Round two in US bid for Asian influence

The Trans-Pacific Partnership is just as likely to annoy America’s allies in region as reassure them

European contrition: Poland 1970. German Chancellor Willy Brandt kneels before the Memorial of the Warsaw Ghetto's Nazi victims

Opinion: Japan needs a forthright reckoning

Europe has led by example in acts of contrition following the second world war

‘Accommodating’ Beijing is no bad thing

The policy of Chinese containment could be a disastrous miscalculation

Luck has bought time for Abenomics

Japan could be the only wealthy nation that is increasing the size of its middle class

Life in smog should spur China to action

Long dismissed as a side effect of development, air pollution is now a concern

Founder’s legacy looms over Singapore

A palpable sense of dissatisfaction exists among the island nation’s citizens

Japan’s Fanuc robots show new logic

Pressure from Daniel Loeb and a changing business climate is forcing secretive company to adapt

China and Pakistan make an oddball couple

Beijing has stayed the course with Islamabad while Washington has blown hot and cold

Corporate China not ready to take over

Regulation and suspicion harm companies’ efforts to break into foreign markets

©Ingram Pinn

Tipping point for Japan’s foreign policy

The illusion of neutrality becomes harder to pull off as economic clout wanes

‘Demokrasi’, by Hamish McDonald

The book examines the country’s ongoing transformation

Southeast Asia’s tolerance is deceptive

There are signs the region’s tradition of strength through diversity is eroding

Delhi’s tortoise takes on Beijing’s hare

There is now a realistic prospect of India growing faster than China — as early as next year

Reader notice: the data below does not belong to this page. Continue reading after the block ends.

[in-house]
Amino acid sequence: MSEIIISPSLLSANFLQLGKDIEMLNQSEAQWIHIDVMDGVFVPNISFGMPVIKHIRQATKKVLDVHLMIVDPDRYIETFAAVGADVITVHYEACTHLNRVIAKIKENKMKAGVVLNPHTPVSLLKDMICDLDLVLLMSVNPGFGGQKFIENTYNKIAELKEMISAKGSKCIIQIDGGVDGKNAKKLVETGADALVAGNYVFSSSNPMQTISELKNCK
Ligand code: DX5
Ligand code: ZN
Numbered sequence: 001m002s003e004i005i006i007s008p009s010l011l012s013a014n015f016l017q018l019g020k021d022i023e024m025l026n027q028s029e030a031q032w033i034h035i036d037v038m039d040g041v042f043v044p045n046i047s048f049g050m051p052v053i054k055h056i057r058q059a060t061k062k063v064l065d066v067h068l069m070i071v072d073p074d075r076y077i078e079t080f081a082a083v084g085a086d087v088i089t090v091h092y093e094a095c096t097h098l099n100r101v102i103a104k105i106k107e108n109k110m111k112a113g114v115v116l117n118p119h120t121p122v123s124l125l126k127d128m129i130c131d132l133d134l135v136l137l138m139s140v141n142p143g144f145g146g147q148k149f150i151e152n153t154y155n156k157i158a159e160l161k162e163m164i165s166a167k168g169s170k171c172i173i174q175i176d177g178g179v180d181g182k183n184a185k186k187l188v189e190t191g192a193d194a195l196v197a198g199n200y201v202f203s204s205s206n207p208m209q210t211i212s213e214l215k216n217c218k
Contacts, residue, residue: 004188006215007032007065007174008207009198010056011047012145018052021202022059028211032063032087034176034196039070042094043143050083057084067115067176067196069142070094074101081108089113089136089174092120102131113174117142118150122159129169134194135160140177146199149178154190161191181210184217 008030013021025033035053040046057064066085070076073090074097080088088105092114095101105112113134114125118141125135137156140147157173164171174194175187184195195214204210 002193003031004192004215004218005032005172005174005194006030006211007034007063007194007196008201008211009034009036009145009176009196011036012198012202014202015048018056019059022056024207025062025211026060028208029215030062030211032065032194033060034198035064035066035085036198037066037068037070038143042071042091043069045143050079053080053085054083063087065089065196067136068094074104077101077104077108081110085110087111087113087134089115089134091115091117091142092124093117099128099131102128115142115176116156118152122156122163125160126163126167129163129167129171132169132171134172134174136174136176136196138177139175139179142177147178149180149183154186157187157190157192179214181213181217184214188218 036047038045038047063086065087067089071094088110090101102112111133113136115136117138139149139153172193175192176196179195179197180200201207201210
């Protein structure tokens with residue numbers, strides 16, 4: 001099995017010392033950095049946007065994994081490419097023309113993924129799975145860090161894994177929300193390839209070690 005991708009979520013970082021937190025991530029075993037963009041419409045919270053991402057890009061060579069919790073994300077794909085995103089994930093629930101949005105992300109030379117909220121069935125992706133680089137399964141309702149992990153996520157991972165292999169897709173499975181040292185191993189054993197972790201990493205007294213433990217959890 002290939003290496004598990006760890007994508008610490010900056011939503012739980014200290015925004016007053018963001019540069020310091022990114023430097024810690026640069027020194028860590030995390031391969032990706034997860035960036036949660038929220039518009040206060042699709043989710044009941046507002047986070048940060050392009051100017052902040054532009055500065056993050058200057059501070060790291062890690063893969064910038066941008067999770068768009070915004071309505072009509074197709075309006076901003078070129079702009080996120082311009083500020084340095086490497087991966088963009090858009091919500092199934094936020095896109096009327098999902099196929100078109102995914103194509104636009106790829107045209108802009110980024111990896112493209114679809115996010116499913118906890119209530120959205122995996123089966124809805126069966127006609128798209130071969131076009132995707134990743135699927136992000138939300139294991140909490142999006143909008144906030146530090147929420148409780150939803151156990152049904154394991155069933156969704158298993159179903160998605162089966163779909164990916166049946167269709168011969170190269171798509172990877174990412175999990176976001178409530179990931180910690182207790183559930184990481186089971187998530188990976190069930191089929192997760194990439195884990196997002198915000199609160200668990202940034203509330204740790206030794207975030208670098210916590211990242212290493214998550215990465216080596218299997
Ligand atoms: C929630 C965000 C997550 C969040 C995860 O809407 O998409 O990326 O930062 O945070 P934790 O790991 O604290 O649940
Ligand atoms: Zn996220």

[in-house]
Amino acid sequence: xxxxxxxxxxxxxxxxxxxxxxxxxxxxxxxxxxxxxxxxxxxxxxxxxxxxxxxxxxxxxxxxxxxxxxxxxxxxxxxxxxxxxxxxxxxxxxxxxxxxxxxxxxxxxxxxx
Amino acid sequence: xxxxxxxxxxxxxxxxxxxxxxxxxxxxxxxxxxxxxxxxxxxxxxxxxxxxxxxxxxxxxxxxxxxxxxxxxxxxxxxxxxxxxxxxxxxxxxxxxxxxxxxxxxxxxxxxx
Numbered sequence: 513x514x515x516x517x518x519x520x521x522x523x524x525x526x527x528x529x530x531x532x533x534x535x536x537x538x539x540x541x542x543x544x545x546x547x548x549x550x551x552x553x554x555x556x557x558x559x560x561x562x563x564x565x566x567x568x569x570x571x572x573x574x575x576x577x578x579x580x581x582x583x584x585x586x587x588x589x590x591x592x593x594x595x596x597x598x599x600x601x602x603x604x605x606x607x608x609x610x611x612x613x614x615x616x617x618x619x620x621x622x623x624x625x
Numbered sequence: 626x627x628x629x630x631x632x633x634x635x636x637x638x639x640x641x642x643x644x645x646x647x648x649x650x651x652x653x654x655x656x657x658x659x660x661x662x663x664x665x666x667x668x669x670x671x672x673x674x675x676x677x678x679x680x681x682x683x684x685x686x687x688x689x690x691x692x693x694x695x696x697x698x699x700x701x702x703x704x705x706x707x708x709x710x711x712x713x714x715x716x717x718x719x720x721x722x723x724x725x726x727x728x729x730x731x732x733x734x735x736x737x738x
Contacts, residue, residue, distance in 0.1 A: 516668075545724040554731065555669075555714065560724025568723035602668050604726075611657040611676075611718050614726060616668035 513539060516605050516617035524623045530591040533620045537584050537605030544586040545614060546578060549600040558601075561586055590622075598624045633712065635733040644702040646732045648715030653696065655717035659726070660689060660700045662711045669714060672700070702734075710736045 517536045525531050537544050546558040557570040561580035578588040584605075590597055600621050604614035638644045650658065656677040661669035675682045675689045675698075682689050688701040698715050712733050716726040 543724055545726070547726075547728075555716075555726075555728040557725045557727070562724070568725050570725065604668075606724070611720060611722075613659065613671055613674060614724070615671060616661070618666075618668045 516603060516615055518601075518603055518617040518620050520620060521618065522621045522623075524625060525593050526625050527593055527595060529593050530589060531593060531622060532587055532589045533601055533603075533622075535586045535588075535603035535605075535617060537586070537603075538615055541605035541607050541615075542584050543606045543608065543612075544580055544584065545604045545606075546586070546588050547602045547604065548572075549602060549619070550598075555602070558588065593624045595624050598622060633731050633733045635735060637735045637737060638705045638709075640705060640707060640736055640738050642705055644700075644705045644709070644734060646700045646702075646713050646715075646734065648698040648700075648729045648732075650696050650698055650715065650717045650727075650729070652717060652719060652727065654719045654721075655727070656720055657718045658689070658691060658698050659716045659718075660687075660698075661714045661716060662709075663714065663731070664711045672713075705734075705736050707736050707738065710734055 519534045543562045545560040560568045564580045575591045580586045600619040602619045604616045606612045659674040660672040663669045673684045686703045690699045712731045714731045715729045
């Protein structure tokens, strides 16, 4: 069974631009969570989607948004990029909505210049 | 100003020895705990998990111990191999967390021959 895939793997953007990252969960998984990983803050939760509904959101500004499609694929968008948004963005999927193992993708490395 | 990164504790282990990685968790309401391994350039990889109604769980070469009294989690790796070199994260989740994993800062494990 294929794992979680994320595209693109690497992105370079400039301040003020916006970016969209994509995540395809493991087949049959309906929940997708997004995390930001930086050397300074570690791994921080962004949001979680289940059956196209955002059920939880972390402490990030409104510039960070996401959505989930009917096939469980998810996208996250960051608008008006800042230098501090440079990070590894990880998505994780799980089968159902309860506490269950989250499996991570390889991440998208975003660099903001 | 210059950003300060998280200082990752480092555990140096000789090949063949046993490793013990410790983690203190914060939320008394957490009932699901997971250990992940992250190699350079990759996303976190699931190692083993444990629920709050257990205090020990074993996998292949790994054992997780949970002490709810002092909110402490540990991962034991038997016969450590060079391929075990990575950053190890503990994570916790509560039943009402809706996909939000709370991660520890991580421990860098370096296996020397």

China must adapt to its ‘new normal’

The trick for policy makers will be to shift resources from the public to the private sector

Truth behind Abe’s election ‘landslide’

As with many things in Japan, probe a little deeper and not everything is as it seems

Modi’s popular touch is a weapon

Even on seemingly dry topics, he has the flair to relate potential reforms to everyday lives

Taiwan stirs political earthquake for China

Some blame cheap Chinese labour for sucking away jobs and the mainland for property rises

The Samsung phone is no longer smart

South Korea’s group has never persuaded consumers its brand is as desirable as Apple’s

What goes up comes down – even China

Regression to mean could spell trouble for Asian powerhouses

Abe is on a mission, destination unknown

Japan’s leader may use an early vote as a chance to back out of a further rise in sales tax

ABOUT DAVID

David Pilling David Pilling is the Asia editor of the Financial Times. He was previously Tokyo Bureau Chief for the FT from January 2002 to August 2008. His column ranges over business, investment, politics and economics.

He joined the FT in 1990. He has worked in London as an editor, in Chile and Argentina as a correspondent and covered the global pharmaceutical and biotechnology industry.

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